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Journals 2005/2006

Susan Holt
Arcadia High School, Phoenix, Arizona

"Investigating Indonesian Tsunami"
M/V Performer
May 9-26
Journal Index:
May 8 - 9 - 10 - 11 - 12 - 13 - 14 - 15

      16 - 17 - 18 - 19 - 20 - 21 - 22 - 23

May 12, 2005

When I went to report for my shift, Don Fisher was showing his model that he had built of faults that you see in an accretionary prism. Basically, it is a box with slits on the right and left sides that allow a sheet of wax paper to be pulled through. On top is a layer of sand, followed by a layer of colored grout, and then another layer of sand. As he pulled the wax paper out of the bottom, it caused the layers to stack on top of each other. An accretionary prism forms when two plates collide and one slides under the other. The sediment that is on the plate going under the other piles up, like a snow shovel against snow on a sidewalk.

Don Fisher's model being demonstrated for Vicki Young of the film crew in the barn.Testing the ROV in the moon pool.

We are currently around latitude and longitude of about 4°N and 93°E Today, the scientists tested the ROV in what is called a moon pool on the back deck. A large metal grate is underneath, which reduces the swells that come into the pool as the ship moves. The ROV is supported on a large steel floor that is removed when everyone is ready to launch. A huge winch on the back of the boat is used to raise and lower the ROV through the moon pool and beneath the ship. The gate was left over the moon pool as the ROV was lowered and submersed underwater in the pool. The scientists then went through a series of tests to make sure the four cameras, the arms with the claws, lights and thrusters worked. They then brought it back up and continued throughout the night to make adjustments, such as moving the lights and checking hydraulic fluids.

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Chief's Mate, Bill Innes, being filmed during the launch of the HUNTEC. He is using a headset and microphone to communicate with the bridge. Innes has just been promoted to a Captain's position on the next rotation on May 29th.Josh Talbot (Sound) and Matt Green (Camera) filming the test of the ROV. Matt scared me by standing on the very edge of the moon pool and climbing on the beams to get camera shots.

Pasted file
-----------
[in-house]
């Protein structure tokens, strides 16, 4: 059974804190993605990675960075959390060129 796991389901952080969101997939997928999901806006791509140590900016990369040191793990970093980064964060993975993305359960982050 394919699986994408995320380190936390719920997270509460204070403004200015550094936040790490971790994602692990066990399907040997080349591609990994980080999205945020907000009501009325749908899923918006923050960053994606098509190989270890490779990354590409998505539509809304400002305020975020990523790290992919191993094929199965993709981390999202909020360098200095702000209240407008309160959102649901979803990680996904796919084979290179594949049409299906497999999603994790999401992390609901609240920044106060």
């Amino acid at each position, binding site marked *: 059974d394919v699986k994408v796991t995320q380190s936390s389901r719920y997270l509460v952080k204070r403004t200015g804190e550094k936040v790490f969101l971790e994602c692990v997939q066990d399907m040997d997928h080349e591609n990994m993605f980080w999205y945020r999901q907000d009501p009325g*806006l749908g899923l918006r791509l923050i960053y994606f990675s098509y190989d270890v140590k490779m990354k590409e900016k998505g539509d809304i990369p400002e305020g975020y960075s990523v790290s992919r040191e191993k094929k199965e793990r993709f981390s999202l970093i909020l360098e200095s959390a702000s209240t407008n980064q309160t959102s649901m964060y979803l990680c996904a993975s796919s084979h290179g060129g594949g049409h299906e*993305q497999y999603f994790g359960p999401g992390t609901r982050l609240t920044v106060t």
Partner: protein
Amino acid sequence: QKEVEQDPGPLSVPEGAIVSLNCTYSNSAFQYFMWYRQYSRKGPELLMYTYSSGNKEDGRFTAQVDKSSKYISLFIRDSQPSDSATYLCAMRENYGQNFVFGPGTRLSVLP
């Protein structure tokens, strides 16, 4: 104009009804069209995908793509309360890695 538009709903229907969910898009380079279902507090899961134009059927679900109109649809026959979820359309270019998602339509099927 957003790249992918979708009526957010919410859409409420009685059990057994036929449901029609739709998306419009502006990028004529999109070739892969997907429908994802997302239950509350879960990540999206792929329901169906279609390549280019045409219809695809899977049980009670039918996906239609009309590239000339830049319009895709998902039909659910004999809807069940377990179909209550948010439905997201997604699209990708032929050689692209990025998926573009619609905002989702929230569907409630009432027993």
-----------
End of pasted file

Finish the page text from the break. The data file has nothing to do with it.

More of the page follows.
Borden Chapman maintaining the loud air compressors (the blue equipment on the right), while Ken Guthjahar (behind Borden) works on the huge winch, which raises and lowers the ROV through the moon pool.Gerry Galvan maintaining the air compressors.

This afternoon, the HUNTEC was launched to gather more seismic data. While we were moving and the airguns were in, the HUNTEC was swung up and over the back. The sky was still overcast and the waves made it difficult to put the HUNTEC in the water, but they got it in. We then made a big 180° turn to start what is called a second line, which means the line from one point to another until a course adjustment is made. While I worked from noon to midnight, I gathered data as I did yesterday and stood watch over the generator again. The camera crew was filming many different aspects of the boat and filmed the incredibly loud generators. Matt Green, the camera man, asked me if I had been naughty and it took me a minute to figure out that he was talking about being assigned to such loud, dirty, and unexciting work. There is a great sense of humor on board, and everyone seems happy to be here. The scientists are excited with the accomplishments so far, while the crew of the Performer are very accommodating and interested in the research. This is most often used for recovery work.

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Camera crew filming the deployment of the HUNTEC. Borden Chapman in the red jumpsuit directs, while Steffen Saustrup, Russell Keltner, and Dewey Brandon, from left to right, struggle to hold the HUNTEC steady.Me, Dewey Brandon (Crane Operator on M/V Performer) and Stephan Grilli. Russell Keltner offered to take the picture and I realized I hadn't been included in one yet!